Symposium: Legg-Calvé-Perthes Disease: Where Do We Stand After 100 Years?

Clinical Orthopaedics and Related Research®

, Volume 470, Issue 9, pp 2421-2430

What Is the Evidence Supporting the Prevention of Osteoarthritis and Improved Femoral Coverage After Shelf Procedure for Legg-Calvé-Perthes Disease?

  • Jason E. HsuAffiliated withDepartment of Orthopaedic Surgery, Hospital of the University of Pennsylvania
  • , Keith D. BaldwinAffiliated withDepartment of Orthopaedic Surgery, Children’s Hospital of Philadelphia
  • , Moritz TannastAffiliated withDepartment of Orthopaedic Surgery, Inselspital, University of Bern
  • , Harish HosalkarAffiliated withDepartment of Orthopedic Surgery, Rady Children’s Hospital, UCSD San Diego Email author 

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Abstract

Background

The evidence supporting continued use of shelf acetabuloplasty in Legg-Calvé-Perthes disease (LCPD) is not well-defined, and there is controversy regarding the long-term benefits related to clinical and functional improvement.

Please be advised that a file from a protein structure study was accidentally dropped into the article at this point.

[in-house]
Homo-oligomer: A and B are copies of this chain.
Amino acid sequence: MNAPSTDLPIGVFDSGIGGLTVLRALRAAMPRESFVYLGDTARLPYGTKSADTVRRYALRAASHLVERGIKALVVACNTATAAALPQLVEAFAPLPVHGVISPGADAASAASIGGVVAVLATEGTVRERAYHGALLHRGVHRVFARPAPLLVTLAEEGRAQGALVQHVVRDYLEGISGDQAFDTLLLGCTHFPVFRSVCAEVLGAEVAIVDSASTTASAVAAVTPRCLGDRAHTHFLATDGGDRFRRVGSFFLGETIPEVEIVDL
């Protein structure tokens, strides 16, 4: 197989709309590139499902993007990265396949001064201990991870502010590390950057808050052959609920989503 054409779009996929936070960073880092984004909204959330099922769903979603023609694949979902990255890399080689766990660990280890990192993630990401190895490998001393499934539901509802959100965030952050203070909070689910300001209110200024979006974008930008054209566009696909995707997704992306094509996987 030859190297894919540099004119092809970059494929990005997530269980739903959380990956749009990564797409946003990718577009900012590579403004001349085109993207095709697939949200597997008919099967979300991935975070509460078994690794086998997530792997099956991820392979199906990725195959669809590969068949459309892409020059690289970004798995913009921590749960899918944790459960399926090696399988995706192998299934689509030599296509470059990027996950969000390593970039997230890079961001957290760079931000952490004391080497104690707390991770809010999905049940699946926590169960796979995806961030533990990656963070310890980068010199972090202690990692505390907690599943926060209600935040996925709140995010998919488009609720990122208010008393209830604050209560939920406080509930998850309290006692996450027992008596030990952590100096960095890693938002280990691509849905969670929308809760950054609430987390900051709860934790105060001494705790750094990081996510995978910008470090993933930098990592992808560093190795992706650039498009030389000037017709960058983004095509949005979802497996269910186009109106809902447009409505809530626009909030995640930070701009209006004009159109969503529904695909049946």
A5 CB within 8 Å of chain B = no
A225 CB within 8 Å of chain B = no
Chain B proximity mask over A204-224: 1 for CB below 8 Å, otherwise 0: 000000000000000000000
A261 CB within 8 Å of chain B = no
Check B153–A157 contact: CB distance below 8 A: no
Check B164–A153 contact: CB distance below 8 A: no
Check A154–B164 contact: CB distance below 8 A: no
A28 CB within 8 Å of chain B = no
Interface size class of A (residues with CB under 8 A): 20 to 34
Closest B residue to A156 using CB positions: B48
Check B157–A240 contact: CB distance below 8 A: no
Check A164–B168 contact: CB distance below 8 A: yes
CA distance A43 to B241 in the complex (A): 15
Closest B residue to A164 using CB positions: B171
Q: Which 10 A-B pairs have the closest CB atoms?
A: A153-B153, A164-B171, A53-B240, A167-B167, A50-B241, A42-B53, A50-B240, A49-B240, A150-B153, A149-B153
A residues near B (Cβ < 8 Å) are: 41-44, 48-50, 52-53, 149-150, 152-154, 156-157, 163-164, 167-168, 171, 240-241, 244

Questions/purposes

Our goals were to determine whether shelf arthroplasty for LCPD (1) prevents the onset of early osteoarthritis; (2) improves pain, ROM, activity, and functional outcomes; (3) maintains or improves femoral head containment, sphericity, and congruency; (4) changes the acetabular index; and (5) is associated with a low rate of complications.

Methods

We performed a systematic review of the medical literature from 1966 to 2009 using the search terms Perthes, shelf procedure, and acetabuloplasty. We excluded reports using multiple/combined treatment methods and those not clearly stratifying outcomes. Thirteen studies met the criteria. There were no Level I studies, one Level II prognostic study, five Level III therapeutic studies, and seven Level IV studies. Mean followup ranged from 2.6 to 17.9 years.

Results

Only one study reported progression to early osteoarthritis in one patient. We found no evidence for improvement in ROM and continued pain relief at long-term followup. Mean decrease in lateral subluxation ratio was 13% to 30%, demonstrating an improvement in femoral head containment. Mean acetabular cover percentage improved 16% to 38%, and mean acetabular and center-edge angles improved 4° to 14° and 8° to 33°, respectively. There were no reports of any major complications after the procedure.

Conclusions

While radiographic measurements indicate improved coverage of the femoral head after shelf acetabuloplasty for LCPD, available evidence does not document the procedure prevents early onset of osteoarthritis or improves long-term function.